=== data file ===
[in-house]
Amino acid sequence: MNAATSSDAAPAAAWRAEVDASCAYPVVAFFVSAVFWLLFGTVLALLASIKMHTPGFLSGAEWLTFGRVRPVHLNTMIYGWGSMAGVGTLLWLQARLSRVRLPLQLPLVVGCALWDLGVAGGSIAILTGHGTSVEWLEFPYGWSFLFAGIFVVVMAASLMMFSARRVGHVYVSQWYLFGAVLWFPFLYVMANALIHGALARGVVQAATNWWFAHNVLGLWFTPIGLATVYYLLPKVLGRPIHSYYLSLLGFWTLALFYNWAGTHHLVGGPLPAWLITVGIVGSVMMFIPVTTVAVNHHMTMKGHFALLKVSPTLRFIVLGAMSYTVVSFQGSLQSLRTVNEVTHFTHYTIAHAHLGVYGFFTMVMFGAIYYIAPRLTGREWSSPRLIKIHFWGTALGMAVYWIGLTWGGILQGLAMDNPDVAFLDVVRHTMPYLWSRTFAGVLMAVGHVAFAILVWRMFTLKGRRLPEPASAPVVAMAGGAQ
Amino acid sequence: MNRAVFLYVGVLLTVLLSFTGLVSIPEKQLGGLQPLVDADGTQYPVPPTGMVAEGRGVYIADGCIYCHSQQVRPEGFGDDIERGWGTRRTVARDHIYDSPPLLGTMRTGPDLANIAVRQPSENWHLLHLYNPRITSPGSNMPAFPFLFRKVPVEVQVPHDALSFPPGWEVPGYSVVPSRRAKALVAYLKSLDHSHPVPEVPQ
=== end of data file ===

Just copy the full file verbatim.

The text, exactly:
[in-house]
Amino acid sequence: MNAATSSDAAPAAAWRAEVDASCAYPVVAFFVSAVFWLLFGTVLALLASIKMHTPGFLSGAEWLTFGRVRPVHLNTMIYGWGSMAGVGTLLWLQARLSRVRLPLQLPLVVGCALWDLGVAGGSIAILTGHGTSVEWLEFPYGWSFLFAGIFVVVMAASLMMFSARRVGHVYVSQWYLFGAVLWFPFLYVMANALIHGALARGVVQAATNWWFAHNVLGLWFTPIGLATVYYLLPKVLGRPIHSYYLSLLGFWTLALFYNWAGTHHLVGGPLPAWLITVGIVGSVMMFIPVTTVAVNHHMTMKGHFALLKVSPTLRFIVLGAMSYTVVSFQGSLQSLRTVNEVTHFTHYTIAHAHLGVYGFFTMVMFGAIYYIAPRLTGREWSSPRLIKIHFWGTALGMAVYWIGLTWGGILQGLAMDNPDVAFLDVVRHTMPYLWSRTFAGVLMAVGHVAFAILVWRMFTLKGRRLPEPASAPVVAMAGGAQ
Amino acid sequence: MNRAVFLYVGVLLTVLLSFTGLVSIPEKQLGGLQPLVDADGTQYPVPPTGMVAEGRGVYIADGCIYCHSQQVRPEGFGDDIERGWGTRRTVARDHIYDSPPLLGTMRTGPDLANIAVRQPSENWHLLHLYNPRITSPGSNMPAFPFLFRKVPVEVQVPHDALSFPPGWEVPGYSVVPSRRAKALVAYLKSLDHSHPVPEVPQ